The idea of the Lexus CT 200h F Sport intrigues me. A compact, premium, efficient hatchback with an added dose of sportiness? Sign me up. It's why I'm still crossing my fingers for Volkswagen to sell the Golf GTD on our shores (though recent reports on that front are bumming me out). And judging a book by its cover, this Lexus certainly looks like it could be an interesting proposition.

Lexus first launched the CT for the 2011 model year, and for 2014, the little hatch has been given a makeover, now proudly wearing the company's new spindle grille, for better or worse. When we reviewed the CT after its launch, executive editor Chris Paukert called it "handsome, well screwed together," and "one of Toyota's boldest offerings in years." That may have been true, but after a slight makeover and some fresh new F Sport duds, I'm wondering if the CT proposition isn't looking a little more unfortunate than before.

Driving Notes
  • Despite the fact that I like the CT's shape, that new gaping maw up front really kills it for me, especially with those aluminum bits of lipstick. The rest of the car is relatively clean, with a subtly redesigned rear end that incorporates a larger roof spoiler here on the F Sport model. One particularly handsome part of the CT F Sport package are the dark-finished, 17-inch alloy wheels. But from some angles, they still look an inch too small.
  • Nothing has changed underhood, where the CT 200h still employs a 1.8-liter inline four-cylinder engine matched with a 60-kilowatt electric motor. Together, this system puts out a total of 134 horsepower and 105 pound-feet of torque – pretty puny numbers, considering this car's mission as a sort of sporty hybrid, not to mention its 3,130-pound curb weight.
  • Off the line, there's nothing to write home about, Lexus estimating a 0-60 time of just under 10 seconds. Getting there isn't terribly pleasant, either, with rather vague throttle response and a wheezy, unpleasant noise coming from that four-cylinder mill. The electronic continuously variable transmission keeps the powerplant on boil (as much as it can, anyway), but this car is still really slow, even with the drive mode selector set to Sport.
  • Once you're up and moving, the CT doesn't do a lot to inspire driver enthusiasm – at least, none fitting of all that flashy F Sport kit. The steering is decent enough, though still rather vague. There's a fair amount of body roll in corners. The brakes are particularly touchy, as are most hybrid regenerative energy units. Really, it just isn't great to drive unless you're milling around town at low speed. On the highway, the engine drones, while the CVT does its best to keep the engine in its weak powerband, and while off-the-line acceleration is slow, kicking the throttle down to pass at speed is perhaps worse.
  • I'd like to say that all of this driveline stuff is for the sake of bang-up fuel economy, but that isn't totally true. According to the EPA, the CT 200h should achieve 43 miles per gallon on the highway and 40 mpg in the city – respectable stuff, sure. But consider just how much better diesel-powered offerings like a Volkswagen Golf or Jetta are to drive, and then realize that they'll hit the same highway fuel economy numbers (or higher) for less money, and the Lexus starts to make less sense, though admittedly comparing hybrids to diesels is a bit apples-to-oranges. During my week of driving, I only managed 38 mpg.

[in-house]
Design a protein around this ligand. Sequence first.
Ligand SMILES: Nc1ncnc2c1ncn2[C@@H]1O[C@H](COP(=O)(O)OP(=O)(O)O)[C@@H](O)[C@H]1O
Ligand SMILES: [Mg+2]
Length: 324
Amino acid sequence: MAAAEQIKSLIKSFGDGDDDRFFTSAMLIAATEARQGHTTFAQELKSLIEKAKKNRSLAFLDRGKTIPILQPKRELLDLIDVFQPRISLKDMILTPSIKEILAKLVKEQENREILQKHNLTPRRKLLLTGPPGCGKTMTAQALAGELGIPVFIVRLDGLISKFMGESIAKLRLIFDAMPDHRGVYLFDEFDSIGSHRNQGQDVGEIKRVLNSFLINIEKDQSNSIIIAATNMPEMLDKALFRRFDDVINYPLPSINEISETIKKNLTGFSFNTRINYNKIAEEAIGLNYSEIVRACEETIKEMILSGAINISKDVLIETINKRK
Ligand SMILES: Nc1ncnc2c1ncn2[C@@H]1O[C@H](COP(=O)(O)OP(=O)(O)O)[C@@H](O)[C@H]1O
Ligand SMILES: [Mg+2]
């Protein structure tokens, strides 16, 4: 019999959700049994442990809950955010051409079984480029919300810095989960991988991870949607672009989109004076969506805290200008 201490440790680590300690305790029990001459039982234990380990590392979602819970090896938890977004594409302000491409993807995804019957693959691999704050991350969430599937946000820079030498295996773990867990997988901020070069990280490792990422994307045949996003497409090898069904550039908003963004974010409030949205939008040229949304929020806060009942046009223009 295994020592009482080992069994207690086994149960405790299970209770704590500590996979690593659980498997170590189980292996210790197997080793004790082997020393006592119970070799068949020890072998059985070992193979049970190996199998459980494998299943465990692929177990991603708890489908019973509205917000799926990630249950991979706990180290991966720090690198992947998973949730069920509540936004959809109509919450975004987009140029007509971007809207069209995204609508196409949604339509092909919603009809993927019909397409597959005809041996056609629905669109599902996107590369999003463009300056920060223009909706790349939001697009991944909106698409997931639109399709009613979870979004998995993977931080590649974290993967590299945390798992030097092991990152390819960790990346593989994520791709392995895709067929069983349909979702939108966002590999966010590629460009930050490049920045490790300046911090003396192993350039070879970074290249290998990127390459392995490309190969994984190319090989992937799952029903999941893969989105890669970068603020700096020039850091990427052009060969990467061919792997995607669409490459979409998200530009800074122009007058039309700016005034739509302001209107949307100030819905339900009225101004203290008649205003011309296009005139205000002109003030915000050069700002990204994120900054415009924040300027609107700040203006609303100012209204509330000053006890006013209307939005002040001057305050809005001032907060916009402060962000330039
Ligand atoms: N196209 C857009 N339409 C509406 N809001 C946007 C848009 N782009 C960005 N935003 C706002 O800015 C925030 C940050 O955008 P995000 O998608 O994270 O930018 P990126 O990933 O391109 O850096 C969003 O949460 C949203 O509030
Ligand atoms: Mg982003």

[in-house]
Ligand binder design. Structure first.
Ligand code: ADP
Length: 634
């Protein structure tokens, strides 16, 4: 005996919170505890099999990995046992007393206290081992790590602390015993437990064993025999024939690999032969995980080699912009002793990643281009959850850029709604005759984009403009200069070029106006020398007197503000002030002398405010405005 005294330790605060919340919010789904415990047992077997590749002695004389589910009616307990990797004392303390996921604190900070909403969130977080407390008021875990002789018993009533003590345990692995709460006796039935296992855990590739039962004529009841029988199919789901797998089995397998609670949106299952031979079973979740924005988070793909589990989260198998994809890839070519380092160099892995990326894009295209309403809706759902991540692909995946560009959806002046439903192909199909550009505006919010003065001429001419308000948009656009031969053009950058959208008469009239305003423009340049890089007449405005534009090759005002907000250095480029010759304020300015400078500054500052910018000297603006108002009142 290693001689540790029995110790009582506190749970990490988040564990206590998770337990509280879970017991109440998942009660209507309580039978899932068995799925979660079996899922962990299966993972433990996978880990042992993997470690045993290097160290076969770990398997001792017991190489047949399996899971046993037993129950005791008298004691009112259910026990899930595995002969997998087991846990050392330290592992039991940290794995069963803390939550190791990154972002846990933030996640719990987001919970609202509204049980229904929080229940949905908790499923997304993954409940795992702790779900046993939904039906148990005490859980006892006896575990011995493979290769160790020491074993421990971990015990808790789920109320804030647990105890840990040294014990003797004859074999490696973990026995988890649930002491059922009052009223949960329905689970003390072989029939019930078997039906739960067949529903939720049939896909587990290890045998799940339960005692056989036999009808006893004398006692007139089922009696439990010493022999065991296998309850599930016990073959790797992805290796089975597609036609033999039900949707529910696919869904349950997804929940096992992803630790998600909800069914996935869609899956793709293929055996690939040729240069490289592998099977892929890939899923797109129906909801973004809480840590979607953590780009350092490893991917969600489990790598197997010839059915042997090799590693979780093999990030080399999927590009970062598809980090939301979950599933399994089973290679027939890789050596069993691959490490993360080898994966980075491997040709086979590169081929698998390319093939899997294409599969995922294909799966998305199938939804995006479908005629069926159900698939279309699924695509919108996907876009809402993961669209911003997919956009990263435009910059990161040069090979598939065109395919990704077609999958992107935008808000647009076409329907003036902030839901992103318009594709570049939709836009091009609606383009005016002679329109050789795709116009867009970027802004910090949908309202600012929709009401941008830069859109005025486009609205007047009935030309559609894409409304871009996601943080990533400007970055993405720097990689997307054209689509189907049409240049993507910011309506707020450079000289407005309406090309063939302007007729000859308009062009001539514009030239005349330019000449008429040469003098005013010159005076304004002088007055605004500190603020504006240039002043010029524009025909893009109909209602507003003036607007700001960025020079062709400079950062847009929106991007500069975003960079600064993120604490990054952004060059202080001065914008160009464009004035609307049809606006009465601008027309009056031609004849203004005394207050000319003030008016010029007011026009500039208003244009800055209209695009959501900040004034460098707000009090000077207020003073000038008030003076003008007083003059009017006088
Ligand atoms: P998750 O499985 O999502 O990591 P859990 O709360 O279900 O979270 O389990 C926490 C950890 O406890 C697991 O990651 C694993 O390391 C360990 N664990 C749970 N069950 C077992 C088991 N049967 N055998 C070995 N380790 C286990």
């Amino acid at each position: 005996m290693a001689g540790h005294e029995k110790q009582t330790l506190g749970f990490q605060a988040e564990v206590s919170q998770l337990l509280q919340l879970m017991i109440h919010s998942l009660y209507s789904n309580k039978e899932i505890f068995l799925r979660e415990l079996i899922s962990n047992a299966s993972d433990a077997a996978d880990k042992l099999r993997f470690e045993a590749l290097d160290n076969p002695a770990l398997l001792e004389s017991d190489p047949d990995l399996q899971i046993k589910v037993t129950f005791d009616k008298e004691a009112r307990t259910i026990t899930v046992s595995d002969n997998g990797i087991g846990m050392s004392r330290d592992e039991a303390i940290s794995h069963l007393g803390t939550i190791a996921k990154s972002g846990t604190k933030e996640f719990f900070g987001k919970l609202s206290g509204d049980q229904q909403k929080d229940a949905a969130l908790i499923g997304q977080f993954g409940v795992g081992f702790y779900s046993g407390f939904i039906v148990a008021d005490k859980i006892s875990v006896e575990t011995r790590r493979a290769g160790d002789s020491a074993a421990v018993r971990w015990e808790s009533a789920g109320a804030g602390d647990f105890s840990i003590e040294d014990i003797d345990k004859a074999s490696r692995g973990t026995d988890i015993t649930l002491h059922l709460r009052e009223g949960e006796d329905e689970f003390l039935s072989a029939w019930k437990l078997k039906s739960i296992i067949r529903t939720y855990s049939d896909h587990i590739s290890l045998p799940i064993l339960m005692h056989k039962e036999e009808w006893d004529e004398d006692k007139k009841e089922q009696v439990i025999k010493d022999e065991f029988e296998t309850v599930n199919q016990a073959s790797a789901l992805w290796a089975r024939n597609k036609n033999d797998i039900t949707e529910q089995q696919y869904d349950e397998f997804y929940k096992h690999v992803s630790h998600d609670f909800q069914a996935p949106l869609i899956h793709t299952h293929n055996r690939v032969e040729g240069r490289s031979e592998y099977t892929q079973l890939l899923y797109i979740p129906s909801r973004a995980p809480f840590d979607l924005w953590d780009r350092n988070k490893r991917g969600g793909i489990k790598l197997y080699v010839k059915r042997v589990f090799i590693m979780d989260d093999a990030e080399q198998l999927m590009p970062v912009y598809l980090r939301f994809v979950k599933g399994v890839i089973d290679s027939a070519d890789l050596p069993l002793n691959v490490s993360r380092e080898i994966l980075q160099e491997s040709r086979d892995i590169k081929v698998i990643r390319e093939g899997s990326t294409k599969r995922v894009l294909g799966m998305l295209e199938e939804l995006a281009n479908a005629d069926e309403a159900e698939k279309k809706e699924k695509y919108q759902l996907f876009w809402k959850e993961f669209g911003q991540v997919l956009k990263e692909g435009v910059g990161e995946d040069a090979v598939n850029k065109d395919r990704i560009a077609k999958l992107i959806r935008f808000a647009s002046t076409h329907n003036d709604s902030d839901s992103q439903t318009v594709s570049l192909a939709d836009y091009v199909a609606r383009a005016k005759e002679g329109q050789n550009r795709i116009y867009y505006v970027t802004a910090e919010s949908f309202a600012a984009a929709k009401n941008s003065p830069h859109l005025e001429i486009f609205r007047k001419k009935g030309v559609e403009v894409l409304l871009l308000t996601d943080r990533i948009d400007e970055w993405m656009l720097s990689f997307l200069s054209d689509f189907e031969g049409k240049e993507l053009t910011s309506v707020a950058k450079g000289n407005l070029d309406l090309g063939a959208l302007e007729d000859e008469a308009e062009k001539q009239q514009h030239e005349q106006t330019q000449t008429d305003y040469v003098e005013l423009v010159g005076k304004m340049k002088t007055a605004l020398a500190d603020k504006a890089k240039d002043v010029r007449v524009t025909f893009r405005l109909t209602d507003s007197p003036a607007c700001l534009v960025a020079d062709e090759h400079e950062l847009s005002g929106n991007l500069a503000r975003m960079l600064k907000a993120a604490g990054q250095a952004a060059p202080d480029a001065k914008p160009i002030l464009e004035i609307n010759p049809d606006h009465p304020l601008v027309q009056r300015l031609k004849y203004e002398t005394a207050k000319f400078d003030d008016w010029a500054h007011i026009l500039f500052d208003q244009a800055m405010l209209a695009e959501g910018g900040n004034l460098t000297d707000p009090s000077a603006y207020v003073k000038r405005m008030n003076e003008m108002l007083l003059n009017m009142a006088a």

• Functionally, though, the CT has a lot to offer. Like I said, I like the hatchback shape, and the ability to quickly flip down those rear seats to carry larger items. Even beyond that, the interior is a pretty nice place to be, with comfortable, supportive seats, nice materials throughout, and the usual smattering of onboard technology, including Lexus' infotainment system controlled by the mouse-like Remote Touch interface on the center console. What's more, the interior is relatively quiet, though still letting in a fair amount of wind and engine noise. The rear seats aren't too cramped, either.
  • Really, though, the F Sport nonsense is what kills the CT 200h for me. It adds nothing in the way of actual sportiness, and its aesthetics ruins what can be a handsome little hatch – at least, what was a handsome hatch before that spindle grille overpowered everything. Plus, it adds to the bottom line – a base CT will run you just over $32,000, or about as much as a loaded Prius. But check the F Sport option and you'll get this car to nearly $40,000. That's a fair bit of coin.
  • Of course, that money buys you a fancy 'L' badge, a more premium dealer experience, and a functional hatch that drives a bit better than the stalwart Toyota. But to my eyes, there are two schools of thought here: If you want a Prius, just buy a Prius. And if you want a more under-the-radar fuel-sipper, why not try one of the Volkswagen TDI offerings? Assuming diesel is your thing, of course. (It should be.) Or heck, put that money toward a plug-in Ford Fusion Energi – a car that offers more space, better dynamics, and a nifty plug in front to really impress your green friends. The Honda Accord Hybrid appears to be a mighty fine alternative, too.
  • Really, when the CT 200h launched, I thought it was pretty cool – it looked good, drove well enough, and like Paukert said, was one of Toyota's more interesting vehicles. But today, this refreshed F Sport model doesn't really make a whole lot of sense to me. It isn't particularly good at any one thing – it's a fine hatchback, and a comfortable Lexus, but it's not a very good car to drive, and in my experience, it struggles to hit its EPA fuel economy estimates. With a growing crop of eco-minded vehicles in the sub-$40,000 segment, there are plenty of cars that make more sense than this quirky little Lexus.

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    • 1 Second Ago
  • 143 Comments
      Bryant Fuller
      • 1 Year Ago
      F-Sport? 134HP? complete and utter fail! And people barked at Chevrolet for putting SS on everything, hell at least the Cobalt SS had a turbo charged engine that broke 200HP. The Car itself is ok its quirky, quirky is good but if you going to call it sporty at least make it live up to it. Its almost like... hell i cant even come up with a good anecdote. SMH...
        JB
        • 1 Year Ago
        @Bryant Fuller
        They really shouldn't have called this an F-sport. Tarnishes the entire line of Lexus F cars.
          Susan
          • 1 Year Ago
          @JB
          Tarnishing a formerly-respected nameplate of brand is a common practice at big corporations. They try to milk the reputation for short-term profit, and then later realize what they lost. "How did this happen?"
      brgtlm
      • 1 Year Ago